EDITOR’S NOTE: The video previously attached to this story incorrectly indicated Wednesday’s Metro Council hearing was scheduled because of WAVE 3 News reports on the interrupter program. In fact, the hearing was previously scheduled as part of the regular budget process.
UPDATE -- May 22, 6 p.m.
At a city budget hearing Wednesday evening, Rashaad Abdur-Rahman, the director of Louisville’s Office for Safe and Healthy Neighborhoods, was evasive when asked why LMPD wasn’t involved in the hiring or screening.
“My office conducted background checks," he said. "We send out background checks to the state and other agencies.”
After the meeting, WAVE 3 News caught up with a couple Metro Council members about the hearing.
Councilman Kevin Kramer questioned the relationship between the interrupters and officers.
“It’s entirely possible that the testimony that we got making it sound like there’s this communication is not happening," Kramer said. "And for what it’s worth, every bit of information that I got before I walked into that room is that the police had no idea who these folks were.”
Councilman Bill Hollander acknowledged there are some issues to work out, but said he believes in the program as a tool to help reduce crime.
“If there is something that is being done in a different city, in Brooklyn or in Baltimore or in other cities that are using the model that we’re not doing here that we should be doing, let’s start doing it," Hollander said. "And we made that point today to Rashaad, but I don’t think it’s something that we want to say, we’re not going to do it.”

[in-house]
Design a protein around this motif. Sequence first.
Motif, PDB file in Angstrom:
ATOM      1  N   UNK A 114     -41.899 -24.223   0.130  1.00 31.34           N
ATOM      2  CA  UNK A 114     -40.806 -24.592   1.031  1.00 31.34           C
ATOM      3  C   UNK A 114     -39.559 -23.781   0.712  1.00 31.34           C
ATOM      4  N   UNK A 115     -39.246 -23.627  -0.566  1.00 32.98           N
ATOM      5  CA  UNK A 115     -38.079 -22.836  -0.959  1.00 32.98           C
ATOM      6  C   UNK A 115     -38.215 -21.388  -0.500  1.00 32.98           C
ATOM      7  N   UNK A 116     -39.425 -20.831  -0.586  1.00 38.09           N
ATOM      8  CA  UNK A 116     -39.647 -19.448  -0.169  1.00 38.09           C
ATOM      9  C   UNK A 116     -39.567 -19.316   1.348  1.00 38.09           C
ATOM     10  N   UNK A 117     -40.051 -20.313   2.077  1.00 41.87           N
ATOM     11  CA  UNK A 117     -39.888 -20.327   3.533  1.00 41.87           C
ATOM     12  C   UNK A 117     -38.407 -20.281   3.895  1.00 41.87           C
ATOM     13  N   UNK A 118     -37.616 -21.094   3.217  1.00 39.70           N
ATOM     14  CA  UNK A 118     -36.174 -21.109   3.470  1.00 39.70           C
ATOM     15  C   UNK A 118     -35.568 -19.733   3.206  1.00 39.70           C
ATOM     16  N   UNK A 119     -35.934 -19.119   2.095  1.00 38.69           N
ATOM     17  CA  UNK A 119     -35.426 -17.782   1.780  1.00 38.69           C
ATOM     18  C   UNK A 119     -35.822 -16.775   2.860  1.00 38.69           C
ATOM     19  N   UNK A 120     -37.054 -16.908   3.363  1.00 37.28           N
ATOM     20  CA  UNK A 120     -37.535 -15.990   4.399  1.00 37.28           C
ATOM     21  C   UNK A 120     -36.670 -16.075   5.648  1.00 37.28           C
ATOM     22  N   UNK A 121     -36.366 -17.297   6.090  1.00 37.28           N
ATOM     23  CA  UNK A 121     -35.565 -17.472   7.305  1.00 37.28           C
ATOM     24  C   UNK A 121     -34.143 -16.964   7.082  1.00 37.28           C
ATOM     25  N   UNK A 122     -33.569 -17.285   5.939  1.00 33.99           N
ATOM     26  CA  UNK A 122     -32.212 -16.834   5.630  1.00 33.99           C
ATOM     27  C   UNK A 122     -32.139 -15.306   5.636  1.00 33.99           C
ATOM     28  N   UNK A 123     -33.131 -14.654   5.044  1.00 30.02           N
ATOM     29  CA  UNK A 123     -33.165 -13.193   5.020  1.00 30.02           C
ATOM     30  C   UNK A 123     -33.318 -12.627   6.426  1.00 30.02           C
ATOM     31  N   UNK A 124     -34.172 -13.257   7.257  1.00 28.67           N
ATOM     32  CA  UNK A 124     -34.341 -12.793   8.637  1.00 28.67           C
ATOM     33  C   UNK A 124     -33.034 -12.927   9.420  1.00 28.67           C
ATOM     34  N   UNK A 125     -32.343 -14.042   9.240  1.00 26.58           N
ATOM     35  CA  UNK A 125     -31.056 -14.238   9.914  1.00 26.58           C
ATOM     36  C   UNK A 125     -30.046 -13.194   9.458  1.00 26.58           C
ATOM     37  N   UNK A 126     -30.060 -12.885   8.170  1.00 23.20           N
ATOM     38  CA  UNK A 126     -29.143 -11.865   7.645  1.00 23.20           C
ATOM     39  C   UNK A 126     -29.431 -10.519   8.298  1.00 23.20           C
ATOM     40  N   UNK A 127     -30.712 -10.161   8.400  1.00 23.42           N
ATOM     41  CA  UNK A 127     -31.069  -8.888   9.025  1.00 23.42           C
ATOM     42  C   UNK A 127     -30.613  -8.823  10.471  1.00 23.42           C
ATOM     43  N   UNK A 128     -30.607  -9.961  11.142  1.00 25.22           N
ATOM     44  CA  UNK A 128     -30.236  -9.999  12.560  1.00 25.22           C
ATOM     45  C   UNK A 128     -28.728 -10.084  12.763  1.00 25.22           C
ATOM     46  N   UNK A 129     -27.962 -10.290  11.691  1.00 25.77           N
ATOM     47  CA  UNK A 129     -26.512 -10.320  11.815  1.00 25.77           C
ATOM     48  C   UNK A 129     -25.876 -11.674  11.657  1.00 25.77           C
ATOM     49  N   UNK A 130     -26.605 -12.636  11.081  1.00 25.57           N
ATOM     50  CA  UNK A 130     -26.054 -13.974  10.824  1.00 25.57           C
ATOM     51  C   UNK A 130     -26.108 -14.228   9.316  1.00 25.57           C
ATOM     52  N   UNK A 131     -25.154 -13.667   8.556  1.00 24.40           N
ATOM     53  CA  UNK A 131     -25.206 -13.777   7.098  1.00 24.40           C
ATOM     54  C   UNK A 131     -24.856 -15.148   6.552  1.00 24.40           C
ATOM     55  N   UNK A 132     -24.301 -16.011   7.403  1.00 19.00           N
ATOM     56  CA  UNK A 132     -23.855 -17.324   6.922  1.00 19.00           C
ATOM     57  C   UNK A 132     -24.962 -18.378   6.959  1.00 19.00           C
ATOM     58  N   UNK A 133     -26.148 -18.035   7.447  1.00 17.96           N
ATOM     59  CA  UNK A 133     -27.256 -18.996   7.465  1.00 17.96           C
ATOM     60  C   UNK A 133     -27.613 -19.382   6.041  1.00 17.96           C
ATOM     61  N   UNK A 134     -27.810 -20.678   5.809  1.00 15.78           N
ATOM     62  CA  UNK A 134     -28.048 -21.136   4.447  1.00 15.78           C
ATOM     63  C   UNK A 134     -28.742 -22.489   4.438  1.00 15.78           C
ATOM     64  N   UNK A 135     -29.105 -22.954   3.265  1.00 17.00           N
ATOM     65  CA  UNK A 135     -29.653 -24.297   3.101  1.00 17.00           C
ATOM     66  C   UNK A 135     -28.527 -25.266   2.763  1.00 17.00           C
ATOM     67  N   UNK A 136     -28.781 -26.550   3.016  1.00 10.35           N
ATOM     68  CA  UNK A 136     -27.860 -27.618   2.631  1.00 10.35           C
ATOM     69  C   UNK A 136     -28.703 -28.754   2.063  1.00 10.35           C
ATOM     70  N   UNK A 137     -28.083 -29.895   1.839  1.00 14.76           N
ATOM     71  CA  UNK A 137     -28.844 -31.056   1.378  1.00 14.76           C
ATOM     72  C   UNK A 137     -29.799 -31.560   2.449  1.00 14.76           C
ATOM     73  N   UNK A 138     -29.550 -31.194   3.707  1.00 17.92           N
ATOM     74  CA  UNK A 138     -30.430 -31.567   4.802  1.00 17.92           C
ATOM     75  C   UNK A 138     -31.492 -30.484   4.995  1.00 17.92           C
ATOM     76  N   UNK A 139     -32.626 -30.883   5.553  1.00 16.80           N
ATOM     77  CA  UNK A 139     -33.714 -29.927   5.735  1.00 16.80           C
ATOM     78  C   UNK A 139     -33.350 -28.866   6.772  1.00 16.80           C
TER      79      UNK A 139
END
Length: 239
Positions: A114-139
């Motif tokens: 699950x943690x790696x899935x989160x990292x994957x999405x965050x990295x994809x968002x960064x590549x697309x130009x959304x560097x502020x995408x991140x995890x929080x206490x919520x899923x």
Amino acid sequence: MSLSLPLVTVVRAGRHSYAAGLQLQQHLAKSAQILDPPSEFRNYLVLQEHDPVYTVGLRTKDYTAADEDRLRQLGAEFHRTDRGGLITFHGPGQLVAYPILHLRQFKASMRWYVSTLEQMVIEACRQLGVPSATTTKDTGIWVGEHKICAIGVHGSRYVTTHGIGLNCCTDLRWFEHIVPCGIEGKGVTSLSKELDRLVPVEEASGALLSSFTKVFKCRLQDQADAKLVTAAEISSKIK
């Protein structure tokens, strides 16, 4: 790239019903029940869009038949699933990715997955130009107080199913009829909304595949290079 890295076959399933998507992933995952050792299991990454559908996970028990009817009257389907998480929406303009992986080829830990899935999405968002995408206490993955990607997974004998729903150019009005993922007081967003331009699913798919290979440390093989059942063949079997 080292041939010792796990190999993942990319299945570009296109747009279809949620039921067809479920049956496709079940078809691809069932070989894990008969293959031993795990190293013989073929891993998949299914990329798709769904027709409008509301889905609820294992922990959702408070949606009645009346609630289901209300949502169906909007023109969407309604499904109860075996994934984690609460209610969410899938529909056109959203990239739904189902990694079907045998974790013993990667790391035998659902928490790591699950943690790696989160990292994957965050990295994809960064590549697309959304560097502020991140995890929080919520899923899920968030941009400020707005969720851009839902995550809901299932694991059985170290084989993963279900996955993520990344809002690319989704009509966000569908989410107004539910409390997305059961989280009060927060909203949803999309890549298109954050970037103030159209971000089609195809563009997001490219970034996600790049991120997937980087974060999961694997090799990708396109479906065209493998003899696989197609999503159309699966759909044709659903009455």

ORIGINAL STORY -- May 22, 3:21 p.m.
LOUISVILLE, Ky. (WAVE) - After multiple investigations, WAVE 3 News has learned the city recently suspended payments to one of the organizations that hires and manages the Violence Interrupters.
A local non-profit group called No More Red Dots has been placed in a remediation process to work out the problems the city says it found.
No More Red Dots worked as a contractor for Louisville’s Office for Safe and Healthy Neighborhoods, or OSHN. It was responsible for hiring and managing the Violence Interrupters. Interrupters are people with criminal backgrounds who try to prevent violence.
The suspension of payments to No More Reds Dots’ interrupters comes while the city looks to make tens of millions of dollars in cuts due to a budget crisis. The city has been paying nearly $900,000 each year to No More Red Dots.
OSHN said No More Red Dots did not submit the required documentation required by the contract. In an email Tuesday, an OSHN spokesperson said “all payment is remitted to the vendor once financial and program reports are completed.” The group added that it is working with No More Red Dots to account for the missing documents and receipts.
OSHN would not say whether the suspension of payments also had to do with policies regarding background checks and drug testing for the interrupters.
According to the $892,000 contract between OSHN and No More Red Dots for the interrupters program, the organization must submit Monthly Program Activity Reports, which include copies of daily interrupter logs, number of mediations conducted and criminal background checks.
“All of the accusations or allegations were corrected,” said Dr. Eddie Woods, the Director of No More Red Dots. "The information was submitted months prior, and all of the financial and fiscal things were accounted for.
“They were trying to build a product from the ground up.”
Woods said No More Red Dots already had a program which the city was trying to fit into the interrupter model.